Tin’s prognosis has dimmed as a result of deteriorating macroeconomic fundamentals, a strong currency, and increased inflation. As a result, analysts have decreased their prediction for the metal’s price for 2023 and this year. Tin’s prices have fallen by 11% over the previous month due to the bleak prognosis for the metal, which is used to solder electronic and electrical components, plate cans, and coat bearings. Since the beginning of 2022, the price of metal has decreased by over 52%. Currently, the price for prompt cash delivery is $18,125 per tonne, while the three-month London Metal Exchange (LME) contract is quoted at $18,101 per tonne.
According to research firm Fitch Solutions Country Risk and Industry Research (FSCRIR), “We estimate that prices will remain pressured over the rest of 2022 and into 2023 as the global economy continues to decline and major economies slide into recession.” While supply has been “pretty steady,” according to the research firm, the outlook for demand has dimmed. In light of these developments, Fitch Solutions lowered its prediction for the price of tin for 2020 from $31,650 per tonne to $30,000 per tonne. From $33,000 to $20,000, the forecast has been reduced quite significantly for 2023.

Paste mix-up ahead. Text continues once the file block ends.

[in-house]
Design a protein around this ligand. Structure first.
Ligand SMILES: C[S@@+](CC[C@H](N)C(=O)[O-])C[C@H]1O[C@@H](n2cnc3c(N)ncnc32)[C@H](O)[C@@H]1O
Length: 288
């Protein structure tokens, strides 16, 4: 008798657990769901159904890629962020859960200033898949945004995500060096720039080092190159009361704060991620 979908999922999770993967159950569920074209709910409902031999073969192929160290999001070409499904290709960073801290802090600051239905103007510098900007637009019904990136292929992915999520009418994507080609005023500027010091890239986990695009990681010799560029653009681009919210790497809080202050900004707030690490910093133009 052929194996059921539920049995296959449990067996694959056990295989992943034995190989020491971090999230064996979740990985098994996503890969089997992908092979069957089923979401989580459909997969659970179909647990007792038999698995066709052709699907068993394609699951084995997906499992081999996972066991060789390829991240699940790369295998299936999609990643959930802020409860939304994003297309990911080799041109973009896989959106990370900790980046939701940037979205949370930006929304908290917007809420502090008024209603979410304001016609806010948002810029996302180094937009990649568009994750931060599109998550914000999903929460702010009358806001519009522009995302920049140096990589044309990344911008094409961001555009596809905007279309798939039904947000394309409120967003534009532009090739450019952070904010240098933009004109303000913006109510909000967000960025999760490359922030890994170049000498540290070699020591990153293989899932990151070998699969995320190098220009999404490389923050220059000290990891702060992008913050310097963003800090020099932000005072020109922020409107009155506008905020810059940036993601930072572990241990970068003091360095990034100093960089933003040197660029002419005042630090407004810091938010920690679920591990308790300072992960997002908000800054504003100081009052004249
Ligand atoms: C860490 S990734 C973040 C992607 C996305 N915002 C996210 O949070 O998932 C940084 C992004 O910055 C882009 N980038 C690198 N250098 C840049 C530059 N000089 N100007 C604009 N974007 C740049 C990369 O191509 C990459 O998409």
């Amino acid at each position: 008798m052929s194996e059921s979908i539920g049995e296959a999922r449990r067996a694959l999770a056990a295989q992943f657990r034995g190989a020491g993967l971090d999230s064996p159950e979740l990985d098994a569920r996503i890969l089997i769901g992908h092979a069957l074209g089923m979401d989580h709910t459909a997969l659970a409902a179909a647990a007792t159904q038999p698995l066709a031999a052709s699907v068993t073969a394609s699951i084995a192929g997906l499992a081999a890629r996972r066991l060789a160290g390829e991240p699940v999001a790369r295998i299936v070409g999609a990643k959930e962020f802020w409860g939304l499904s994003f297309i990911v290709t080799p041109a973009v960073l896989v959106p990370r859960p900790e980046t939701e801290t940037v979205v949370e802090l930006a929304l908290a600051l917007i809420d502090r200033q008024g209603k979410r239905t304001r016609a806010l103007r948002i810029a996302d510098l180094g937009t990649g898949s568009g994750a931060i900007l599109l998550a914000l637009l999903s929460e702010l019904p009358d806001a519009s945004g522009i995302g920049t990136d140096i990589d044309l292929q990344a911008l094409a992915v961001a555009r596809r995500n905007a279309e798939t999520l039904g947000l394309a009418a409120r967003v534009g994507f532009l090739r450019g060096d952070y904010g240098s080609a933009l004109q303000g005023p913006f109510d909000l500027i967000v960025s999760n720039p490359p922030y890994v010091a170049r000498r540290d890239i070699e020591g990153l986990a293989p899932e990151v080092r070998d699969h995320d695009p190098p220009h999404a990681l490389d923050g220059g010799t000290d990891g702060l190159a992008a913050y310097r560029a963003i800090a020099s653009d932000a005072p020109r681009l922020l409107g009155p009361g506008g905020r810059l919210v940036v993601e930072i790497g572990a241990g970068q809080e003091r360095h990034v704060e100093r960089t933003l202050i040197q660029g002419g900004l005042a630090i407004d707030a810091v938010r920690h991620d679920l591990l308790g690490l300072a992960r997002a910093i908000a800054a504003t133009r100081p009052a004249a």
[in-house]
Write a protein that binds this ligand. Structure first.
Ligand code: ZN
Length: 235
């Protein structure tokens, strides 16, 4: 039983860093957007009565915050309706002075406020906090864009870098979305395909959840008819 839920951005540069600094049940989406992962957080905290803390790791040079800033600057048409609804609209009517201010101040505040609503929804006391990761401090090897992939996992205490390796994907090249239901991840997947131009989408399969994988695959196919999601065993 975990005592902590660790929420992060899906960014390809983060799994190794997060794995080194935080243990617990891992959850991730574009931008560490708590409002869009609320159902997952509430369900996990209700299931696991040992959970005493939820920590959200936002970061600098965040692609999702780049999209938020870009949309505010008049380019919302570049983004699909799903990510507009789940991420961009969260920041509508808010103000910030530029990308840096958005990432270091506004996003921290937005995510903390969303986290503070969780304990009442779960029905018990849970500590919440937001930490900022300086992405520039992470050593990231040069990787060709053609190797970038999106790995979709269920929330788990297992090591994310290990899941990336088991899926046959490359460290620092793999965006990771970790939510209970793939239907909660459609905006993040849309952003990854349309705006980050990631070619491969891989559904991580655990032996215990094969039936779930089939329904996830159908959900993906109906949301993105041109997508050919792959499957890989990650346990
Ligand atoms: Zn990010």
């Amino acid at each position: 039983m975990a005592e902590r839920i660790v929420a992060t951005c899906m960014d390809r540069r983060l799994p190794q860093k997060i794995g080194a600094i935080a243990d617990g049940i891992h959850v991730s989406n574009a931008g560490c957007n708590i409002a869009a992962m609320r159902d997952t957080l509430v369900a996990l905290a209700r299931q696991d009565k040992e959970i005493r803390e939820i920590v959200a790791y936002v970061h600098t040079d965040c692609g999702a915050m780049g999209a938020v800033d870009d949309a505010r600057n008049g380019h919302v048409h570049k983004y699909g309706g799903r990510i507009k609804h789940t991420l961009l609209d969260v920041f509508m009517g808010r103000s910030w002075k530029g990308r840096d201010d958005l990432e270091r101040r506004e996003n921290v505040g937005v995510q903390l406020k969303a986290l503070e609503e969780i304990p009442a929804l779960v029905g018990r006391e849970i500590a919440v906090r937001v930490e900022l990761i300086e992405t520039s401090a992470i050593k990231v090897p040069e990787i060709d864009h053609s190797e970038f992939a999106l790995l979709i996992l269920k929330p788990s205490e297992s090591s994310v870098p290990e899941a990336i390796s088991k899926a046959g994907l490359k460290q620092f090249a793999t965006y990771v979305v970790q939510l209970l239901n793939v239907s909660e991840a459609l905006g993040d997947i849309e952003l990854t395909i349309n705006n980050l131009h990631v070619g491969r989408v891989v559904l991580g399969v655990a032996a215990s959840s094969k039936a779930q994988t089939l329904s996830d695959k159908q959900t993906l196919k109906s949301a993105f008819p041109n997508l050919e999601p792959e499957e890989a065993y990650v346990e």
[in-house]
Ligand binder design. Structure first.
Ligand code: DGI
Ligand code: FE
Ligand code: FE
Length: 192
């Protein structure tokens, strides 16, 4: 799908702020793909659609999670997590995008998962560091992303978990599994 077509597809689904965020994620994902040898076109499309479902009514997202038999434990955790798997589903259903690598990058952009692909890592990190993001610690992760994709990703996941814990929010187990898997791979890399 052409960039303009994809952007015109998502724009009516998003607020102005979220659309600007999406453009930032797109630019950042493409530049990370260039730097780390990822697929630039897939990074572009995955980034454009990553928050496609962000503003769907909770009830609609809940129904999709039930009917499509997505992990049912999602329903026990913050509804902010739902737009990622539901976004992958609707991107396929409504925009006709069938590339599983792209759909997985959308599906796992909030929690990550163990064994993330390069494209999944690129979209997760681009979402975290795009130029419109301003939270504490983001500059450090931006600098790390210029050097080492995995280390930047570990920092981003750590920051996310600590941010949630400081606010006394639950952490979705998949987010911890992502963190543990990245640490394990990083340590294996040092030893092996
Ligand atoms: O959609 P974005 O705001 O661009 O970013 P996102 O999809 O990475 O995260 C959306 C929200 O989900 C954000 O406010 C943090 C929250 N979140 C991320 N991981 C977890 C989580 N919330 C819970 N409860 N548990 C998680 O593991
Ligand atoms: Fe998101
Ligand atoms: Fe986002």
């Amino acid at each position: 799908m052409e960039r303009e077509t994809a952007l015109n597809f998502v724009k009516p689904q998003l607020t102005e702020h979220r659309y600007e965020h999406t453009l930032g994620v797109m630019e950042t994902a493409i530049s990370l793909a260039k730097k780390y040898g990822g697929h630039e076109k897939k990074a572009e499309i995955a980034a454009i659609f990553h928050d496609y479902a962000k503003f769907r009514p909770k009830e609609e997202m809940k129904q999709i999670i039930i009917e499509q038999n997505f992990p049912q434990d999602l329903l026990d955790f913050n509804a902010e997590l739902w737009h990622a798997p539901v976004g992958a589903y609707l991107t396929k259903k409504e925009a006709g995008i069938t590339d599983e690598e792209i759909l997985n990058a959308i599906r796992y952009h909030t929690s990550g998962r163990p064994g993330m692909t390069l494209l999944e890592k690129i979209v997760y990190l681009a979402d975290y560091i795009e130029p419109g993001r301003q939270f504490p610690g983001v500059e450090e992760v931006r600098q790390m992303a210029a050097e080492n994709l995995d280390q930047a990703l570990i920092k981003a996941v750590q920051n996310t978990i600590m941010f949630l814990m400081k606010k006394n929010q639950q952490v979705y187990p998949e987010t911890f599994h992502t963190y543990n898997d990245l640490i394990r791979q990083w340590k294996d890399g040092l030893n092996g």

The price projection has been cut after a sharp decline in prices in the second and third quarters of this year. It stated that a variety of demand-side variables contributed to a significant drop in prices in recent months and will continue to exert pressure on pricing through 2023. Consumer electronics purchases, a significant source of demand for tin, will decline as inflation rises. In addition, the dollar’s strength is limiting the demand for a variety of industrial metals priced in the currency, and unfavorable market sentiment has kept a lid on commodity prices generally, according to Fitch Solutions.